Barely Visible at Dance City
The show explores the issues faced by lesbians through monologue, dance, sound, comedy and a pole, from how homosexuality has been spoken about by government figures like Margaret Thatcher, to the sexualisation of lesbianism and its assimilation into the voyeuristic fantasies of straight men, to the invasive questions many lesbians face, to how pop culture like Katy Perry’s ‘I Kissed a Girl’ reduces it to mere, coquettish experimentation. Through her movement, Gander takes us on an intimate journey where we viscerally experience the impact that such an invasive society has on queer women. She struggles to conquer this, but her strength allows her to eventually drown out the many voices circling her, and it is an incredibly empowering ending.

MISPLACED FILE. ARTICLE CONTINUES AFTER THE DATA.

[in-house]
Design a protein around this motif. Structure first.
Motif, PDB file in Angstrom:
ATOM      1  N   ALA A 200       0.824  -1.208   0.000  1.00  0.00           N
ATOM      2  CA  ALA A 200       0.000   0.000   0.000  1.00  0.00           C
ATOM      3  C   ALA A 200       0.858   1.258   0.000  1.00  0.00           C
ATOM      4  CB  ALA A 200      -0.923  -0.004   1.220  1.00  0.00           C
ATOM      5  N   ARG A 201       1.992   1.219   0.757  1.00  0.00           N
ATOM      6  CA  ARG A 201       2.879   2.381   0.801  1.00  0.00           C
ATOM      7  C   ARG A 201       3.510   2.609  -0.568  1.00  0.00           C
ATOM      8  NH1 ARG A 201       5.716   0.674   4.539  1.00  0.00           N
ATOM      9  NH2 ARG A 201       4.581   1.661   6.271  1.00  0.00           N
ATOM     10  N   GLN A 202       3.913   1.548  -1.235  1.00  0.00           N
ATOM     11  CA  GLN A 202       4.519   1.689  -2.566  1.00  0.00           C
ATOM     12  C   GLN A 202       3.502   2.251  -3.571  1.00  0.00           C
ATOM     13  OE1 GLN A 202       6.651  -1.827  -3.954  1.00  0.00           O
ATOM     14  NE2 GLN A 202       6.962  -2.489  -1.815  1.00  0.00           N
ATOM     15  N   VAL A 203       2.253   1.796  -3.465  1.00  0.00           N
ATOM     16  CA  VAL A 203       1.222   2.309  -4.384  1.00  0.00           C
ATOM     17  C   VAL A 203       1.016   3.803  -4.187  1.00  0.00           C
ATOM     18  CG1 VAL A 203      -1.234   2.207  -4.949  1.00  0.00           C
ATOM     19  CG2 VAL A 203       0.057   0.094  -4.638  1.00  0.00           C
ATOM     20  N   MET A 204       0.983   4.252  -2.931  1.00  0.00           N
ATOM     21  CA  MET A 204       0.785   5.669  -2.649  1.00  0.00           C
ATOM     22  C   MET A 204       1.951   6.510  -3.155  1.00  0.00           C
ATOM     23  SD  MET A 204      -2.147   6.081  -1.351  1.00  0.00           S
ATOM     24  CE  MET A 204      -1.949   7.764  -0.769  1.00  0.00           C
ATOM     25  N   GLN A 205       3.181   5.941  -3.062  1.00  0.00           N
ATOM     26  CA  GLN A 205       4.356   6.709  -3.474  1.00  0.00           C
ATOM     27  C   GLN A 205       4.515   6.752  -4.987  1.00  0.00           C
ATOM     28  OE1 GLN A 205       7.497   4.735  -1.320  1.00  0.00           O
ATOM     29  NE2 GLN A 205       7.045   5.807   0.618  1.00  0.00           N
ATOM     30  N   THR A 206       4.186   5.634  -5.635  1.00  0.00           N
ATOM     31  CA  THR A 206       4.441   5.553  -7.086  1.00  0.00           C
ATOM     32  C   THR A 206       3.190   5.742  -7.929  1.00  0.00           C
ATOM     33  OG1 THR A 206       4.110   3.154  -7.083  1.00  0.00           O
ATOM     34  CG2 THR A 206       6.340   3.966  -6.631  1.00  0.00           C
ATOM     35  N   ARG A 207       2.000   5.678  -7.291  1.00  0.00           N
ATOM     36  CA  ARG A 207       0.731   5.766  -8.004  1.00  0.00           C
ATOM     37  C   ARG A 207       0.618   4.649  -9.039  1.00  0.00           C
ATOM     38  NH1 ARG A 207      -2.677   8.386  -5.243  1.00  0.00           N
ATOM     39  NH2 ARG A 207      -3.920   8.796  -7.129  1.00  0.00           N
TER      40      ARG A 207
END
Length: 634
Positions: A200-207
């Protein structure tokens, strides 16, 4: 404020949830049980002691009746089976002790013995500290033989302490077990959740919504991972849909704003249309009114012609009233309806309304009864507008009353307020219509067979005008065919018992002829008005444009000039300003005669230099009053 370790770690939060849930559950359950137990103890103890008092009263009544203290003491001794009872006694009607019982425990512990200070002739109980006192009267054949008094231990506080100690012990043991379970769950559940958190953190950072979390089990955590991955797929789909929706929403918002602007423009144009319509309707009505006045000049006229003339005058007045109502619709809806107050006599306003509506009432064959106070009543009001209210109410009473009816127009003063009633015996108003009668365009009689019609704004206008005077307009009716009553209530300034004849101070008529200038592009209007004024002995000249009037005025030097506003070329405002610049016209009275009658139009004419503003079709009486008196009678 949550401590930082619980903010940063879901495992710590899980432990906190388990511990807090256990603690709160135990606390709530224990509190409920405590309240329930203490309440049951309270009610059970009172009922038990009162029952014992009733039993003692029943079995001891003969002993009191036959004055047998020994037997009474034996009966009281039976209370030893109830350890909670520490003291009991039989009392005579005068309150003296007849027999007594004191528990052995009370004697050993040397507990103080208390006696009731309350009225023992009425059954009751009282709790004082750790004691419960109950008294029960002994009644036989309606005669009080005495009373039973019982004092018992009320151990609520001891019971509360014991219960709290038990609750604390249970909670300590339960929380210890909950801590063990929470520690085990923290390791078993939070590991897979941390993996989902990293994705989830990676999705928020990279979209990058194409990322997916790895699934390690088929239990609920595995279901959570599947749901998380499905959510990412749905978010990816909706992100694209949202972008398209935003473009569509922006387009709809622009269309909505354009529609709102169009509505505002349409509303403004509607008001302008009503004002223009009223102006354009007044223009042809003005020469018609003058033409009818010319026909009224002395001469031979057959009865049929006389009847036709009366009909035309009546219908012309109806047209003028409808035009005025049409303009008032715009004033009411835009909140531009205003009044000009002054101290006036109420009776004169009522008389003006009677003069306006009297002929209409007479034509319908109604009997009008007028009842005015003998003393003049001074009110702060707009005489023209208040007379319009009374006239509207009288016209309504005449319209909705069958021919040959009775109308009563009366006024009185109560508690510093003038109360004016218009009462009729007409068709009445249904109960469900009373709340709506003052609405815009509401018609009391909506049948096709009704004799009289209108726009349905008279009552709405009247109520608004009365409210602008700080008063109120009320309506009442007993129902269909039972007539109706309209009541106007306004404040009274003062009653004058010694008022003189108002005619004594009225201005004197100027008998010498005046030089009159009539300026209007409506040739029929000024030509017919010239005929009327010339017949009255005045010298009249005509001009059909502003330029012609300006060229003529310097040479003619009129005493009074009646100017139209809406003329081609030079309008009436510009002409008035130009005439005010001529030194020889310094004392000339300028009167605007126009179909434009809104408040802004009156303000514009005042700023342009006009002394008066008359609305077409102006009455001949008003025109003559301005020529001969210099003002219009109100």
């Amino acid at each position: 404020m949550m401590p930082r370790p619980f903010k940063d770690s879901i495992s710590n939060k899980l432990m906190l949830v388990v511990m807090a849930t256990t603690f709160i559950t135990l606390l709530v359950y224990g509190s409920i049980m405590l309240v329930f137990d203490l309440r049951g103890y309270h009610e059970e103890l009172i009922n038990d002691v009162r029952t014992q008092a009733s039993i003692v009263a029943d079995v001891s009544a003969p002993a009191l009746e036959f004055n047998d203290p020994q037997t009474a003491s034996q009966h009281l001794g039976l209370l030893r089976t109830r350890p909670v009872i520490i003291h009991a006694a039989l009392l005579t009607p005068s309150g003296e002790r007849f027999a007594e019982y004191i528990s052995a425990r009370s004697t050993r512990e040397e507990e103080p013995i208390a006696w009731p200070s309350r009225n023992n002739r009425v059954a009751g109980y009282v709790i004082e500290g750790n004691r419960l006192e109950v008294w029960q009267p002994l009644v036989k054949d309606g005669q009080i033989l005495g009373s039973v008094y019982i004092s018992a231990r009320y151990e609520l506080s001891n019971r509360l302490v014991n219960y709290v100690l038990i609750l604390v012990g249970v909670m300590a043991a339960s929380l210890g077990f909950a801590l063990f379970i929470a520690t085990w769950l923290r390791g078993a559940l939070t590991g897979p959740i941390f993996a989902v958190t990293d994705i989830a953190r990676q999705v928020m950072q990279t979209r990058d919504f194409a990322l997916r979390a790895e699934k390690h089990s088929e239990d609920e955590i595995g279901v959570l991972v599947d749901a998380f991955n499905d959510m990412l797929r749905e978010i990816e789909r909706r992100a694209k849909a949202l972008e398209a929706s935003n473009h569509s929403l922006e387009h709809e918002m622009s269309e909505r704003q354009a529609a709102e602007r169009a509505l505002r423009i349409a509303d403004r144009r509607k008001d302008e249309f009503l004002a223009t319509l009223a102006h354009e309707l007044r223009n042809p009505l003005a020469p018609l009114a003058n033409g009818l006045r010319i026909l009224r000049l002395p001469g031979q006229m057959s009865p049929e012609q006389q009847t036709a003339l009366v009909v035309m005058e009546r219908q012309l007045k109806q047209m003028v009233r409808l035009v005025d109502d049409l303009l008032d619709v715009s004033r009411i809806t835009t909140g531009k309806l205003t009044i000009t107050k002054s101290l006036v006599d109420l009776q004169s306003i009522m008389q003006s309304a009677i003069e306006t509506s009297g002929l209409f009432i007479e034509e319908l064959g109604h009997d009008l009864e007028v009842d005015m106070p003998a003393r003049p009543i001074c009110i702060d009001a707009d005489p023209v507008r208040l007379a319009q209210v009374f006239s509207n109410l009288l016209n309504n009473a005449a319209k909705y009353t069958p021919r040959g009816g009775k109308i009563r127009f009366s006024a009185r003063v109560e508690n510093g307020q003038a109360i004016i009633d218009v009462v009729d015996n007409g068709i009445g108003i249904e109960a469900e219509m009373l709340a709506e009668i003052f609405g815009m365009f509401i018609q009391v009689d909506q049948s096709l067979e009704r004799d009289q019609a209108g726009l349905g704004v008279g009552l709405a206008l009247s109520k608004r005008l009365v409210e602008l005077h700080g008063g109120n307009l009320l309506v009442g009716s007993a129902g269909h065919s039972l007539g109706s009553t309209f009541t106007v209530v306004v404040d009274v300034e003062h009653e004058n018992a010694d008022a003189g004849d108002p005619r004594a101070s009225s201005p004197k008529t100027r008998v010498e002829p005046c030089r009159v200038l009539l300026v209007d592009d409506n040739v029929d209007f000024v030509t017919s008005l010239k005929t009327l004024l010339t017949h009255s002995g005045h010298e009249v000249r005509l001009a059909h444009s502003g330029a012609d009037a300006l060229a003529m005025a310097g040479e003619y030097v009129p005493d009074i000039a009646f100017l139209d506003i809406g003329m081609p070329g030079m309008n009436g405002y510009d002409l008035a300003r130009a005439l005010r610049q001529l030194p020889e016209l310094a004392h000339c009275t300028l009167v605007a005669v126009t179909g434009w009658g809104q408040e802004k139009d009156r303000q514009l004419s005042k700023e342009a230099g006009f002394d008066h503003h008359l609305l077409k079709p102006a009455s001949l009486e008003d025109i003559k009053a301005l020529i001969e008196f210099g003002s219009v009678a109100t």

Smeared in dirt to embody the persona of the ‘dirty lesbian’ that society has constructed, Gander does not shy away from the rawness of her lived experience. However, she also refuses to stifle her strength and her commandment of it, demonstrated beautifully through the incredible pole choreography. Contrasted with moments of softness and grace, Barely Visible presents a lesbian identity that refuses to be boxed, that is written by the woman herself and not by the stereotypes that attempt to pervade her, and it was a pleasure to experience this.